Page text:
This article builds on recent scholarship on the European road movie, focusing on Francophone Belgian road films that engage with issues of citizenship and personal, national, and transnational identities. The relationship of these films to the process of identity reformulation within new European parameters is examined, using four films from the past decade as case studies: Eldorado (Bouli Lanners, 2008), L'iceberg (Dominique Abel, Fiona Gordon and Bruno Romy, 2005), Quand la mer monte/When the Sea Rises (Jeanne Moreau and Gilles Porte, 2004), and Les folles aventures de Simon Konianski/Simon Konianski (Micha Wald, 2008). Despite the limited scale of its territory, this article contends that Belgium's complex make-up and status as a post-colonial “melting pot“ provides the ideal laboratory for cinematic identity quests. While anchored in a distinctively Belgian context, these films demonstrate that national boundaries are no longer an adequate container for identities in contemporary Europe. Particular focus is paid to the ways by which each film employs and distorts the traditional road movie template to stage voyages into citizenship.
The Paradoxes and Possibilities of the Francophone Belgian Road Movie
Michael K. Bess
The building of motor roads in Latin America, as elsewhere, was an activity essential to the history of modernization and state formation in the twentieth century. Governments, private companies, and regional boosters launched construction efforts with the goal of reducing travel times, linking cities and towns together, and stimulating economic development. In the process, these initiatives also changed the way citizens thought about the nation-state. New highways helped give shape to national identity, not only by making more of the countryside traversable, but also by putting citizens and foreigners in greater contact. Likewise, motor tourism identified and reified regional cultural symbols, transforming them into representations of that nation, and packaging them for easy consumption by travelers on weekend getaways.
This essay reviews scholarship which has focused on the bodies and embodied experiences of people moving and being moved. Scholars have long been interested in how physical bodies move through space and how actors perceive space during movement. This attention to embodied experience includes phenomenological engagements with the environment, sensorial perceptions during movement, and emotional entanglements with ways of moving through space. The essay then examines studies of transportation that analyze how gender, class, race, and national identity (and the intersections thereof) affect how a person experiences, uses, and ascribes meaning to modes of transportation. The essay demonstrates that just as experience and subjectivity shape transportation choices, so do transportation choices shape experience and subjectivity.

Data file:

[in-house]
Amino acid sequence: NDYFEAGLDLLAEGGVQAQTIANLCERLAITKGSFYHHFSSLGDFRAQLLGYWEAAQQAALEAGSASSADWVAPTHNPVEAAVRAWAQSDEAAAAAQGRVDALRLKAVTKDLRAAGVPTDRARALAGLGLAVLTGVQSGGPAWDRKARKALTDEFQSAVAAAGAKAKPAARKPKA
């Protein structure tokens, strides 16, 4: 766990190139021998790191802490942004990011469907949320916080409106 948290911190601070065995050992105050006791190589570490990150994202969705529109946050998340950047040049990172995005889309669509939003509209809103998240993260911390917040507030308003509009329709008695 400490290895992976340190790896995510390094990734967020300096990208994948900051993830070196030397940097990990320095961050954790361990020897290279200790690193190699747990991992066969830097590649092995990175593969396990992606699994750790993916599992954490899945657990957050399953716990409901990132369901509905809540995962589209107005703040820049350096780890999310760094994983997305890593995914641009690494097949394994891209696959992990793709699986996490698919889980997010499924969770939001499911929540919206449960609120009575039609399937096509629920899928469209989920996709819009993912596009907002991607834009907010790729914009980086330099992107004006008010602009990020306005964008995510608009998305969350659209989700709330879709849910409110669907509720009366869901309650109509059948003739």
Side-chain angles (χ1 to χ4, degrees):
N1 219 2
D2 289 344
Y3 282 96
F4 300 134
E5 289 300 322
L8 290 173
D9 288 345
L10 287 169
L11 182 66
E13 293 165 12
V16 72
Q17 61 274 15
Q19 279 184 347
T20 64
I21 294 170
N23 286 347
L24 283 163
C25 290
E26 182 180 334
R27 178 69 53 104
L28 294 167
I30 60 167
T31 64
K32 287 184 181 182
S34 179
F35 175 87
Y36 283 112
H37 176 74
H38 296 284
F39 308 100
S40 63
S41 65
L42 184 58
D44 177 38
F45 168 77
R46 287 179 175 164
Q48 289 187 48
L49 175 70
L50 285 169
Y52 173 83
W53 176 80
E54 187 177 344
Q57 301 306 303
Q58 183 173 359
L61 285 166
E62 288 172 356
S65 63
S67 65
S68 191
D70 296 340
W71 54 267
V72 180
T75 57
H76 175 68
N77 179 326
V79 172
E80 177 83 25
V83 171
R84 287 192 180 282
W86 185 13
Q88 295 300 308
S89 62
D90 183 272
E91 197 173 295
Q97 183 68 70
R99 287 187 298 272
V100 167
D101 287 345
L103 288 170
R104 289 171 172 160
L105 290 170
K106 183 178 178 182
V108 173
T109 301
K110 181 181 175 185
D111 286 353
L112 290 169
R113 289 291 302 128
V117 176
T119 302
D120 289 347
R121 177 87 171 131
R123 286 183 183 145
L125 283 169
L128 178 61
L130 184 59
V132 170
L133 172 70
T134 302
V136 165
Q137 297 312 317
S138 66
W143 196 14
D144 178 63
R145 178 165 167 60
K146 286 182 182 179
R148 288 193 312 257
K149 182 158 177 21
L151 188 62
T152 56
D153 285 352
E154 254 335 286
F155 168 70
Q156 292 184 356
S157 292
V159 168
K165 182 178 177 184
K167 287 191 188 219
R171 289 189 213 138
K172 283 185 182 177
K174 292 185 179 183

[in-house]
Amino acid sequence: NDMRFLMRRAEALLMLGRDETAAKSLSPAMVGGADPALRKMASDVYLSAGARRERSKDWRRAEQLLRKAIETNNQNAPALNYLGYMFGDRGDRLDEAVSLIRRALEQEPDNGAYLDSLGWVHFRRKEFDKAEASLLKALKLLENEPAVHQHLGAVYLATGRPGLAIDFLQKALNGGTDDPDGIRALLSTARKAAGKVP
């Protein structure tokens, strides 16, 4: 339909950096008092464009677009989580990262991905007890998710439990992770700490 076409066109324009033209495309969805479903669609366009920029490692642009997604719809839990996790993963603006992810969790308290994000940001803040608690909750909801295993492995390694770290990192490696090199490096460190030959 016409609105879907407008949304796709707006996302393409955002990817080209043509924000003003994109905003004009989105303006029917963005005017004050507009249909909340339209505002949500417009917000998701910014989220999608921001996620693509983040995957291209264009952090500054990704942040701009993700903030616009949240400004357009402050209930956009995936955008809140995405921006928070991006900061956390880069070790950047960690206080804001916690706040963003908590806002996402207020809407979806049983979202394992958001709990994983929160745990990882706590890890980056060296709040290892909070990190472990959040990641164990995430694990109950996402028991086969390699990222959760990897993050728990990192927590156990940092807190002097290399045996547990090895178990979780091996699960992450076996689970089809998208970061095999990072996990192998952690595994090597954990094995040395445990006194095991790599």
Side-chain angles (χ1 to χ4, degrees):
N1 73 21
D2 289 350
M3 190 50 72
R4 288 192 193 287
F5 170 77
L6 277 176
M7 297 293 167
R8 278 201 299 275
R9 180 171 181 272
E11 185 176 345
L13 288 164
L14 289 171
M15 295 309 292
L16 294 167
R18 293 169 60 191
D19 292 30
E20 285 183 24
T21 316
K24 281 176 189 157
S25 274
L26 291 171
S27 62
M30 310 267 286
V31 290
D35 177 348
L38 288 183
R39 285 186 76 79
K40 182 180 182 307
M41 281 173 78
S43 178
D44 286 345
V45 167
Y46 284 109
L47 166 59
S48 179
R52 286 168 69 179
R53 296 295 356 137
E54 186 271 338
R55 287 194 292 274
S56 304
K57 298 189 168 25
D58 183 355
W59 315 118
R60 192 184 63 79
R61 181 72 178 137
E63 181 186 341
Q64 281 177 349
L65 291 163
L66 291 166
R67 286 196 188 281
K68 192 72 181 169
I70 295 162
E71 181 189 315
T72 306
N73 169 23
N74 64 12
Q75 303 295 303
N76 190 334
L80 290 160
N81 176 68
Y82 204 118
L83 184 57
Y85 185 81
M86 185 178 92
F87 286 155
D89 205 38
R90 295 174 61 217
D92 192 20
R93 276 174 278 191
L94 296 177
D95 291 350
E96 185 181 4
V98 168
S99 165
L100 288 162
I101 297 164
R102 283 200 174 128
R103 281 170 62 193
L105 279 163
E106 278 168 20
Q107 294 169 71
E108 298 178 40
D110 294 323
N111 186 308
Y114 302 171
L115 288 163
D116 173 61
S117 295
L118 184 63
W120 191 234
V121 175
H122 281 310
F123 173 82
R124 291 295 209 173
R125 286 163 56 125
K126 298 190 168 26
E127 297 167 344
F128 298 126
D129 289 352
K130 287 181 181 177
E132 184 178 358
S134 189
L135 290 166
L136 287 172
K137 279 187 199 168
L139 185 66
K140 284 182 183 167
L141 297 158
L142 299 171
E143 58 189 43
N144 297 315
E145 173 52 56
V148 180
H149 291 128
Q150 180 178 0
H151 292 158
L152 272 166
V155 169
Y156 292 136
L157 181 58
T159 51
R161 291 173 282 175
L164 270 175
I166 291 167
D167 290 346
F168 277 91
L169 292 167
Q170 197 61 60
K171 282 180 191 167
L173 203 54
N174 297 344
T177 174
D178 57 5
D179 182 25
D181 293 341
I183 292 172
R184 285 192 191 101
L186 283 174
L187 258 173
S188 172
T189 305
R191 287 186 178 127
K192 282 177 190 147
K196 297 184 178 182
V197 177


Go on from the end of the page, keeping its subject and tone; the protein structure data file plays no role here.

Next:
Views from Central Asia
Markus S. Schulz
sustainable development, and the building of a “competitive” national identity that preserves history and spirituality but is pragmatically open to new knowledge and the challenges of global markets. 6 When the northward move of Kazakhstan’s capital from
Canada and Airport Refugee Claimants in the 1980s
Struggle through Choked System,” Globe and Mail , 19 December 1984, M1. 67 National Film Board of Canada, Who Gets In? dir. Barry Greenwald, 1989. 68 Malarek, Haven’s Gate , 74. 69 José Eduardo Igartua, The Other Quiet Revolution: National Identities
Managing Belonging, Bodies, and Mobility in (Post)Colonial Kenya and Tanzania
Hanno Brankamp and Patricia Daley
than on wider solidarities and convivial relationships (see Malkki 1992 ). Research has inadvertently legitimized state policies that seek to strengthen the relationship between national territory and identity, subliminally fueling calls to “root out
Peter Merriman, Georgine Clarsen, and Gijs Mom
articles, one by Panagiotis Zestanakis and the other by Bret Edwards. In his article, “Motorcycling in 1980s Athens: Popularization, Representational Politics, and Social Identities,” Zestanakis examines the rapid expansion of motorcycling in the Greek
Ehren Helmut Pflugfelder
of gender and identity developing as some of the most significant. We can understand matters of gender and power by (at least) two vectors: discursive formations in which language use frames experience, and individual performed experiences—ones that
Narratives of Romanian Construction Workers in London
migrants’ lives.” Transnational studies have for a long time had a gender-neutral approach to men, whose gender identity in the migration process was taken for granted ( K. Datta et al. 2009 , quoted in Souralová and Fialová 2017 ). More recently, studies
Popularization, Representational Politics, and Social Identities
of motorcycling and the emergence of alternative forms of politicization in the 1980s and questions the construction and the performances of gender identities in relation to this phenomenon. In 1951, when, according to the General Census, Greece had 7